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Scott L. Zuckerman, Ganesh Rao, Laurence D. Rhines, Ian E. McCutcheon, Richard G. Everson, and Claudio E. Tatsui

OBJECTIVE

Treatment of epidural spinal cord compression (ESCC) caused by tumor includes surgical decompression and stabilization followed by postoperative radiation. In the case of severe axial loading impairment, anterior column reconstruction is indicated. The authors describe the use of interbody distraction to restore vertebral body height and correct kyphotic angulation prior to reconstruction with polymethylmethacrylate (PMMA), and report the long-term durability of such reconstruction.

METHODS

A single institution, prospective series of patients with ESCC undergoing single-stage decompression, anterior column reconstruction, and posterior instrumentation from 2013 to 2016 was retrospectively analyzed. Several demographic, perioperative, and radiographic measurements were collected. Descriptive statistics were compiled, in addition to postoperative changes in anterior height, posterior height, and kyphosis. Paired Student t-tests were performed for each variable. Overall survival was calculated using the techniques described by Kaplan and Meier.

RESULTS

Twenty-one patients underwent single-stage posterior decompression with interbody distraction and anterior column reconstruction using PMMA. The median age and Karnofsky Performance Scale score were 61 years and 70, respectively. Primary tumors included renal cell (n = 8), lung (n = 4), multiple myeloma (n = 2), prostate (n = 2), and other (n = 5). Eighteen patients underwent a single-level vertebral body reconstruction and 3 underwent multilevel transpedicular corpectomies. The median survival duration was 13.3 months. In the immediate postoperative setting, statistically significant improvement was noted in anterior body height (p = 0.0017, 95% confidence interval [CI] −4.15 to −1.11) and posterior body height (p = 0.0116, 95% CI −3.14 to −0.45) in all patients, and improved kyphosis was observed in those with oblique endplates (p = 0.0002, 95% CI 11.16–20.27). In the median follow-up duration of 13.9 months, the authors observed 3 cases of asymptomatic PMMA subsidence. One patient required reoperation in the form of extension of fusion.

CONCLUSIONS

In situ interbody distraction allows safe and durable reconstruction with PMMA, restores vertebral height, and corrects kyphotic deformities associated with severe pathological fractures caused by tumor. This is accomplished with minimal manipulation of the thecal sac and avoiding an extensive 360° surgical approach in patients who cannot tolerate extensive surgery.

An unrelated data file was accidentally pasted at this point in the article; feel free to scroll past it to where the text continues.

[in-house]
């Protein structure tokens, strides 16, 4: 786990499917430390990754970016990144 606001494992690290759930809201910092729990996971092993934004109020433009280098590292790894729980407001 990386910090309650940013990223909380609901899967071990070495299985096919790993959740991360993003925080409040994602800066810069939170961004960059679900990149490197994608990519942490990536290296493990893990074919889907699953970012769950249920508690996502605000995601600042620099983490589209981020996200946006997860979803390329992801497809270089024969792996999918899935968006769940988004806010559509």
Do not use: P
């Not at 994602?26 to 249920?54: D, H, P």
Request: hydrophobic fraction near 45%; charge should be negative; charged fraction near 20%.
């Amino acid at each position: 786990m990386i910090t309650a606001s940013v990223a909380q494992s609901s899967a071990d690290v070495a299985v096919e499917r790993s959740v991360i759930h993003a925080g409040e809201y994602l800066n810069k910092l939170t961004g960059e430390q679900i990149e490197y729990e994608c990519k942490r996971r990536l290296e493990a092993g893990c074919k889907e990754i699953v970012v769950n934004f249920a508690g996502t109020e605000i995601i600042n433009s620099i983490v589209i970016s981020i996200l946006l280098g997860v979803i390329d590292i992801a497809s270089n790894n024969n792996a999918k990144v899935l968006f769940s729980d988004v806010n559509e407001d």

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Wajd N. Al-Holou, Dima Suki, Tiffany R. Hodges, Richard G. Everson, Jacob Freeman, Sherise D. Ferguson, Ian E. McCutcheon, Sujit S. Prabhu, Jeffrey S. Weinberg, Raymond Sawaya, and Frederick F. Lang

OBJECTIVE

Many neurosurgeons resect nonenhancing low-grade gliomas (LGGs) by using an inside-out piecemeal resection (PMR) technique. At the authors’ institution they have increasingly used a circumferential, perilesional, sulcus-guided resection (SGR) technique. This technique has not been well described and there are limited data on its effectiveness. The authors describe the SGR technique and assess the extent to which SGR correlates with extent of resection and neurological outcome.

METHODS

The authors identified all patients with newly diagnosed LGGs who underwent resection at their institution over a 22-year period. Demographics, presenting symptoms, intraoperative data, method of resection (SGR or PMR), volumetric imaging data, and postoperative outcomes were obtained. Univariate analyses used ANOVA and Fisher’s exact test. Multivariate analyses were performed using multivariate logistic regression.

RESULTS

Newly diagnosed LGGs were resected in 519 patients, 208 (40%) using an SGR technique and 311 (60%) using a PMR technique. The median extent of resection in the SGR group was 84%, compared with 77% in the PMR group (p = 0.019). In multivariate analysis, SGR was independently associated with a higher rate of complete (100%) resection (27% vs 18%) (OR 1.7, 95% CI 1.1–2.6; p = 0.03). SGR was also associated with a statistical trend toward lower rates of postoperative neurological complications (11% vs 16%, p = 0.09). A subset analysis of tumors located specifically in eloquent brain demonstrated SGR to be as safe as PMR.

CONCLUSIONS

The authors describe the SGR technique used to resect LGGs and show that SGR is independently associated with statistically significantly higher rates of complete resection, without an increase in neurological complications, than with PMR. SGR technique should be considered when resecting LGGs.